Drunk Driver Hits Close to Home
Working at Bachus & Schanker, I typically find myself on the victim’s side of drunk driving collisions. As we represent plaintiffs in auto collisions (and other personal injury cases), I am well-versed in what happens to drunk defendants, how to set up claims with the various insurance companies, and how to help our clients make their way through the American legal and healthcare systems.
When I left for vacation last Thursday, I wasn’t expecting to use this knowledge for myself.
My boyfriend and I travelled to Seattle to see family this weekend. On Saturday night, we had dinner and caught some live music at a bar in Ballard called the Tractor. His sister and her husband even called the babysitter to ask her to stay late as we were having such a blast.
The following morning, Matt and I were ready to see Seattle in the daytime. We got geared up for a run at Green Lake, lunch at Pike’s Marketplace and a view of the Olympics from the Space Needle. As we drank our morning coffee on the porch and discussed our day, I watched Matt’s facial expression change. His eyes were glued to our rental car and he was ignoring me in that way he does sometimes when he becomes intensely distracted. I looked where he was looking, and my heart dropped into my stomach. The entire driver’s side of the car – from bumper to bumper – was crushed.
Matt immediately called the police to report the hit and run. No note was left on the car, and we could only guess it was a drunk driver barreling down the narrow road the previous night. As we had not opted for the rental insurance, I called our own auto insurance company. My heart sank further when I realized we had a $500 deductible. We could have stayed in the Ritz and taken cabs all over the city had we known we were going to spend $500 for nothing.
Over the course of the next several hours (waiting for the police to arrive at our non-emergency), we talked with neighbors and scanned the neighborhood for other damaged cars. The story that unfolded was an unbelievable string of coincidental events.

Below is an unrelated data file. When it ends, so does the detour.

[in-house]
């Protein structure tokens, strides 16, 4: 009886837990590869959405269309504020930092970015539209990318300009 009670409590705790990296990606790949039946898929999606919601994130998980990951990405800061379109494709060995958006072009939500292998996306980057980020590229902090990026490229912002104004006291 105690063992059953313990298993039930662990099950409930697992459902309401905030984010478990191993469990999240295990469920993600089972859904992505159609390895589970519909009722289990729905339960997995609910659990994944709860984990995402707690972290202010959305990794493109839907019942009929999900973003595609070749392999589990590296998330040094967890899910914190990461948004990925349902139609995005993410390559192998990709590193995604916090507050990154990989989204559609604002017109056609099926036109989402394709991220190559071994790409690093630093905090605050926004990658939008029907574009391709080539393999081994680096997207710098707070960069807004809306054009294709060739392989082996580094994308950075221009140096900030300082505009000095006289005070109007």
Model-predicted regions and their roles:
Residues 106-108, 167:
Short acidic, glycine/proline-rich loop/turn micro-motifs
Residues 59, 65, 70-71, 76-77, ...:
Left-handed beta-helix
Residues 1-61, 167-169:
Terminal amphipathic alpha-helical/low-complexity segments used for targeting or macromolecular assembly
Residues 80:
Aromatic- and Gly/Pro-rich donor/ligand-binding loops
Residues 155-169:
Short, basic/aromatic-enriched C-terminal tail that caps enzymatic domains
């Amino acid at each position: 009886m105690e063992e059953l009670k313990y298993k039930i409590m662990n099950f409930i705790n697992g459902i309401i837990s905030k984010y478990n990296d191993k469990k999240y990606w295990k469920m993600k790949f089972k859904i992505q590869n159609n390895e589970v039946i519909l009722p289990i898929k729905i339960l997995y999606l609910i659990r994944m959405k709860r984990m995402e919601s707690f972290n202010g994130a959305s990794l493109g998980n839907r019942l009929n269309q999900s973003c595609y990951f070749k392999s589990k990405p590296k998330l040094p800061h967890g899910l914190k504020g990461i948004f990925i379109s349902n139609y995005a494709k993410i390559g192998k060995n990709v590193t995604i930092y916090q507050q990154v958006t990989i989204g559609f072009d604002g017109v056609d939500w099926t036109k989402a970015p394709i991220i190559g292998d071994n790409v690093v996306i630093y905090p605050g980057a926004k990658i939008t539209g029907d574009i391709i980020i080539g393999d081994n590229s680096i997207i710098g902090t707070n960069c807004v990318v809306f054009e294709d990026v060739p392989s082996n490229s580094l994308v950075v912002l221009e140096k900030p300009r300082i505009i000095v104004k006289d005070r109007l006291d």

Early that morning, about 1:30a.m., Mr. Jones was in his living room getting ready for bed. He heard a terrible crashing sound and walked outside to see what happened. What he saw was a Dodge 4×4 pick-up truck pulled over on the wrong side of the road, halfway into Ms. Macabee’s driveway. The front of Ms. Macabee’s Subaru Outback was crushed, and Mr. Jones immediately called 9-1-1. Mr. Jones didn’t realize that the drunk driver was still in his truck – passed out on the steering wheel.
The cops arrived shortly thereafter to assess the damage. There they found Mr. Larkens, drunk and sleeping in his truck. After further investigation, it became clear that when Mr. Larkens’ truck collided with Ms. Macabee’s Subaru, the tie rod on Mr. Larkens’ Dodge 4×4 broke, rendering the truck immobile. With no opportunity for escape, Mr. Larkens passed out and was woken up with handcuffs and a ride to jail.
As Matt and I uncovered the details of what had happened that morning, we inspected the broken truck further. We found the paint from our rental car on Mr. Larkens’ truck. The damage on our car was perfectly aligned with the damage on his vehicle, and we feverishly took photos. Clearly, this guy’s truck had bounced off of our car and subsequently ended up in Ms. Macabee’s driveway. Relief overwhelmed me when Ms. Macabee offered up Mr. Larkens’ auto insurance information. Matt and I were not going to be on the hook for this damage. I stopped figuring out which of the summer’s remaining events would have to be cancelled to pay for the damage and started to get angry that this guy thought it perfectly acceptable to get wasted and drive home.
There were 9,000 things that could have been worse in this situation – and for that we felt tremendously lucky. Matt and I could have been in the car when it was hit. Matt’s little nieces could have been crossing the street when this guy was driving down the road. We could have been arriving home from the Tractor as Mr. Larkens was headed the opposite way down the street, meeting head on. The car could have been ours. Mr. Larkens could have been uninsured. Or we could have missed the evidence linking our collision with Ms. Macabee’s and been out $500.
After seeing the tragedy that some of our clients have endured due to drunk drivers, I know we are among the luckiest of victims. Yes, we waited for Seattle’s finest for 3 hours. And yes, we spent hours setting up claims, repeating information and filling out paperwork. And no, we didn’t get to run around Green Lake or summit the Space Needle. But we were fine. Just inconvenienced.
Ironically, at the same time Matt and I were setting up claims with Travelers and Progressive, taking photographs of the damage, chatting with the rental car agency and discussing the collision with the Seattle Police Department, Bachus & Schanker was sponsoring Denver’s Walk Like MADD event at Sloan’s Lake. In addition to the firm’s $8,500 corporate sponsorship, the staff raised an additional $915, money to be used for education and awareness in the hopes of eradicating drunk driving from our society. Our experience this weekend pointed out how much our society clearly needs MADD’s efforts. If you would like to volunteer for or contribute to Mothers Against Drunk Driving, please visit the MADD web site.
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